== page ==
|January 6, 2016|
|Rick's Tips - Electrical safety during maintenance|
· Subscribe to Ahead of the Curve
· Ahead of the Curve archived issues
· Contact the Editor
Hottest Trend in Publishing is Adult Coloring Books
By Susannah Cahalan
Nine of the 20 books on Amazon’s current bestseller list contain few words and belong to a genre that didn’t exist two years ago. Welcome to the biggest publishing craze of the year: coloring books for adults.
More than 2,000 have hit stands since 2013 and the genre’s two biggest bestsellers, “Secret Garden” and “Enchanted Forest,” have sold a combined 13.5 million copies in 50 countries.
Now, each of the top five publishing houses has plans to release coloring books. Though the market seems flooded — much like the vampire trend years ago — it shows no signs of slowing.
There’s “Harry Potter”-, “Game of Thrones”- and “Sherlock”-themed books, as well as nature, dog, elephant, tattoo, even steampunk ones. Come February, you’ll even be able to purchase a “Dr. Who” coloring book.
“Colorists,” as they call themselves, upload their draw-within-the-lines creations to online galleries. Reviews extol the calming virtues of coloring. They consider it creative, stress-relieving and even “art as therapy.” Some liken coloring to yoga or meditation.
“It’s kind of a way of being creative without the stress of too much creativity. You’re not stressing yourself out as much as you would if you were to draw from scratch, but you’re still getting some of the relaxing qualities of creating,” says Peter Gray, professor of psychology at Boston College.
The trend began in 2011 when Scottish freelance illustrator Johanna Basford was approached by small UK publishing house, Lawrence King Publishing. An editor there had stumbled across her work online and thought that her intricate drawings would make the perfect coloring book.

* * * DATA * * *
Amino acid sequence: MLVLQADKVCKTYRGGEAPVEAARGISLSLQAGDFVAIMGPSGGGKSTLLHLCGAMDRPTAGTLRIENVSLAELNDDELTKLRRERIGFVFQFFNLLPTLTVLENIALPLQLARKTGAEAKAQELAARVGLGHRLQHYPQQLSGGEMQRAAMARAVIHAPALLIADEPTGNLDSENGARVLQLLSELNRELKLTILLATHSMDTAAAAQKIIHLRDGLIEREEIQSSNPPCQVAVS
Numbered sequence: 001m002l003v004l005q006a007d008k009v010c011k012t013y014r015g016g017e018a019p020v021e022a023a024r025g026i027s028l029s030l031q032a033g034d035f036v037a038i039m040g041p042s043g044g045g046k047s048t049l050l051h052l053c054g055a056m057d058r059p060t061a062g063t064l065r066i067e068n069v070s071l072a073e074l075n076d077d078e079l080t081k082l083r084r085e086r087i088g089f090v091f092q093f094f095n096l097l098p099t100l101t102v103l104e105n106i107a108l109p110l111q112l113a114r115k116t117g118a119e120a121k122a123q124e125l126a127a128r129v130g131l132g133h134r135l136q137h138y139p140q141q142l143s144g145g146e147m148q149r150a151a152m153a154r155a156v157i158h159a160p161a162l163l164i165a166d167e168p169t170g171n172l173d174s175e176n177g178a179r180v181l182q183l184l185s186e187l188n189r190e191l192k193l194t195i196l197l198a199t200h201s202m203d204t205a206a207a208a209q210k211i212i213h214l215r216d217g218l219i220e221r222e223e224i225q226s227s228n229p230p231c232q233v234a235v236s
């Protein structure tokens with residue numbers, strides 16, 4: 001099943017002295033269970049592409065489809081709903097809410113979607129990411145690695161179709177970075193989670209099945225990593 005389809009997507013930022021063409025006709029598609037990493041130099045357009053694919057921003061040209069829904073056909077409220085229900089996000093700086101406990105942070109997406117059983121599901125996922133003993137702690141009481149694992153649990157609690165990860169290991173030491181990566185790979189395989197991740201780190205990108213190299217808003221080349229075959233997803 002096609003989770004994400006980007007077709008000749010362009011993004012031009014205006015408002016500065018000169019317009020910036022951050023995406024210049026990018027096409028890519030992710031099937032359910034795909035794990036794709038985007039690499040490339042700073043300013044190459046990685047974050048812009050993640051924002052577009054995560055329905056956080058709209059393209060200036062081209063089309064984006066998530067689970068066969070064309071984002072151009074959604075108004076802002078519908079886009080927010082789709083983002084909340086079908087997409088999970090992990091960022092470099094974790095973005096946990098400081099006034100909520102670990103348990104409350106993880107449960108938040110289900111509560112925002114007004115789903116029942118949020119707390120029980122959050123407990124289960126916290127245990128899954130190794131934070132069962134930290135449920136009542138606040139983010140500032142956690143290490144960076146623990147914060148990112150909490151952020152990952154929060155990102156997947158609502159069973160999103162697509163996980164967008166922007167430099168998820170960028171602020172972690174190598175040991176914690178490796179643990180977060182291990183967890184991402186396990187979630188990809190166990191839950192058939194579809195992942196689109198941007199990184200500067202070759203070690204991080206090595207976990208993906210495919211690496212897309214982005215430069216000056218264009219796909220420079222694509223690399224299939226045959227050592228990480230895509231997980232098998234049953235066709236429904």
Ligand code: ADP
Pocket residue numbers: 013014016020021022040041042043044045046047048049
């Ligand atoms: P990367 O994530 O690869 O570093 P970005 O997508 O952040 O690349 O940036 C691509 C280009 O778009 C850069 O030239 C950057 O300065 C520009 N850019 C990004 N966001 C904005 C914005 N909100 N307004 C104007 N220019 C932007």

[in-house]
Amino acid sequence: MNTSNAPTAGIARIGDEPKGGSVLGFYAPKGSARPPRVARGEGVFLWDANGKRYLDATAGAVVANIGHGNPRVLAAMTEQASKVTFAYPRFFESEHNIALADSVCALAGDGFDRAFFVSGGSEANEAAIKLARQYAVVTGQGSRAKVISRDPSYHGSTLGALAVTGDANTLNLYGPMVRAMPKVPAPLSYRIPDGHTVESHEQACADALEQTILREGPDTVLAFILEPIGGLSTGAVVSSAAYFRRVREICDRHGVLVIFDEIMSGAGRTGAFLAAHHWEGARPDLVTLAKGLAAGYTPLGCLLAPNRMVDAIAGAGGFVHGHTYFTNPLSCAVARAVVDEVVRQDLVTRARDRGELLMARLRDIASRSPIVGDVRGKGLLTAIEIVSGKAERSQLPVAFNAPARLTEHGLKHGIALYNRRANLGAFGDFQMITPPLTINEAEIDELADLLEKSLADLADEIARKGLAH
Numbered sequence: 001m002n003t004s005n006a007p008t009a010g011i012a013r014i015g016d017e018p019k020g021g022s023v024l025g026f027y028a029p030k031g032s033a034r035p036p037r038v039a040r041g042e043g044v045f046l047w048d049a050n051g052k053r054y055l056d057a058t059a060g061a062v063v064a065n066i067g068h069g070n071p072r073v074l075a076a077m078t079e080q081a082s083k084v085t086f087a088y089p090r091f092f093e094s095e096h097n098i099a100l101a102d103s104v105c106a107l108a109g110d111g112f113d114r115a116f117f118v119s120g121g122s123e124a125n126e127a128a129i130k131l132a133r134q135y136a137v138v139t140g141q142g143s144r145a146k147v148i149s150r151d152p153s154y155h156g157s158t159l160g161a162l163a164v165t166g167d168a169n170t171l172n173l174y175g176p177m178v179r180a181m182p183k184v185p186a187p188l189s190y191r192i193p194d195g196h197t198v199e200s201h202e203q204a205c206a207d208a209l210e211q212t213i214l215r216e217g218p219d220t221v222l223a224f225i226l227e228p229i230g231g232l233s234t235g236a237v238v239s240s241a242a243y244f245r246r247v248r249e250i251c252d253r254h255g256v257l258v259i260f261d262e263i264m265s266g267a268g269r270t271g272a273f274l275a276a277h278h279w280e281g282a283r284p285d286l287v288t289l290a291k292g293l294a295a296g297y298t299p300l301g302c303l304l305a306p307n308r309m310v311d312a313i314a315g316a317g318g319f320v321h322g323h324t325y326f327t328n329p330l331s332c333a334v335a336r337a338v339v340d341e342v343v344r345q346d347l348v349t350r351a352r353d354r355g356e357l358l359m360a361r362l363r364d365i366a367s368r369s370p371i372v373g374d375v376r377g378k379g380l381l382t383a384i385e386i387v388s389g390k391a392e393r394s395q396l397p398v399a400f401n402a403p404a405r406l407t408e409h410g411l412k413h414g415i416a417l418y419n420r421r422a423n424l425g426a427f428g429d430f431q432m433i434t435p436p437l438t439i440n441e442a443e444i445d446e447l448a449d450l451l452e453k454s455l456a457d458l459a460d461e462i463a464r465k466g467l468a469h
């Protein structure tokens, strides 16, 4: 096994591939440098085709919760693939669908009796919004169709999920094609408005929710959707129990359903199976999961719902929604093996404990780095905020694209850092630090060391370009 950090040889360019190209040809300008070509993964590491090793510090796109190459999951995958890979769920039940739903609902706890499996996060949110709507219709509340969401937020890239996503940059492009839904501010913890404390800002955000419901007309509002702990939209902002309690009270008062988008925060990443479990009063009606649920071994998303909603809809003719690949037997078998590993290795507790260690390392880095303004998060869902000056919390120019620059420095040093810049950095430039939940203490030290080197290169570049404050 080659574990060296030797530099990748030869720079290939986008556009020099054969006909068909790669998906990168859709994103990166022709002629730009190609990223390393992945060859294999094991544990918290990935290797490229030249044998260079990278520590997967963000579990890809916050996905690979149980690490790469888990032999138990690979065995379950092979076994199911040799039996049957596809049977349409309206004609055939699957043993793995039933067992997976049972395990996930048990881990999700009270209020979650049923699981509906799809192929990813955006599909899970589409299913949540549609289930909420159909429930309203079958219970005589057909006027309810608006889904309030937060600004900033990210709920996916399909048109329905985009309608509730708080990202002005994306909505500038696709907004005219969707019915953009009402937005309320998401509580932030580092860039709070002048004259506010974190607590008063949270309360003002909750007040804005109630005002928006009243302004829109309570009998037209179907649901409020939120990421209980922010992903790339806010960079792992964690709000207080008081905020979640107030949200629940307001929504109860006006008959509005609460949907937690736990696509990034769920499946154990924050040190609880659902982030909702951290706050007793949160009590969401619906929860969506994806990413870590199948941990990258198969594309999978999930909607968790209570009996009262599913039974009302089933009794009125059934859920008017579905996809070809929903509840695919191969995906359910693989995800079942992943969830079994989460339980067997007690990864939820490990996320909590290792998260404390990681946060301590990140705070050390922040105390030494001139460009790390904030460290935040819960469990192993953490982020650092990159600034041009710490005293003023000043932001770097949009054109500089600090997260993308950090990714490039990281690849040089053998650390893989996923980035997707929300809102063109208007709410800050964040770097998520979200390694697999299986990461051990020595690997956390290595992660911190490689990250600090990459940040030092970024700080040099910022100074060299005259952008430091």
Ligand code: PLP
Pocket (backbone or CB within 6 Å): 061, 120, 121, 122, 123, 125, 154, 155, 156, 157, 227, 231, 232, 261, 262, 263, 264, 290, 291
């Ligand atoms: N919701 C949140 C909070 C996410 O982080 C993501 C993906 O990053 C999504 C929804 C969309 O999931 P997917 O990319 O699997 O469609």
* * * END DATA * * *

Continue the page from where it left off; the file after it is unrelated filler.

The result was “Secret Garden,” a complex, hand-drawn coloring book initially marketed for older children. But then something funny happened. Adults started buying them.
“We started noticing the Amazon reviews. They all sort of said the same thing: ‘Oh, it was so pretty and I bought it for my niece’s birthday but then I just had to get one for myself,’ ” Lawrence King publicity and marketing manager Debra Matsumoto says.
First the coloring book hit France by storm. “Secret Garden” sold a million copies there before any other country.
Modal Trigger“Secret Garden” has sold 1.5 million copies in the United States.
China followed suit. Four months after publication, “Secret Garden” sold 3 million copies. Brazil, also a big spot for coloring books, sold so many copies that news agencies reported the nation had a shortage of colored pencils.
In the US, “Secret Garden” and its follow-up “Enchanted Forest,” which came out this year, have sold 1.5 million and 1.2 million copies respectively.
Penguin Random House took note and poached Basford, who calls herself the “ink evangelist,” quickly churning out “Lost Ocean” in October, which sold 157,000 copies its first month out, according to Publishers Weekly.
So, how to explain these astounding numbers?
Some believe it’s a reaction to a stressful world and functions as an undemanding hobby, much like knitting or working on a puzzle.
Others see it as an outgrowth of our cultural Peter Pan syndrome that crosses not only into our reading habits — over half of the young-adult books sold are read by adults — but into our everyday lives, like the middle-aged men and women who pay hundreds of dollars to attend “adult pre-school” in Brooklyn.
Perhaps this longing to return to the past is not feeding our inner child but represents a desire to experience the tactile sensation that we are missing in our largely digital world.
“I think it’s nostalgia,” says Seira Wilson, senior books editor at Amazon.com. “It’s a nostalgic feeling for the pace and how we used to be. People miss the experience of pen and paper. It’s nostalgia, but it’s not dumbed-down. Now if you want that feeling, you don’t have to feel like a crazy person coloring a Rudolph coloring book.”
This article appeared on the website of the New York Post on December 13, 2015 (http://nypost.com/2015/12/13/hottest-trend-in-publishing-is-adult-coloring-books/).
Now that you are Ahead of the Curve, stay there by joining TAPPI.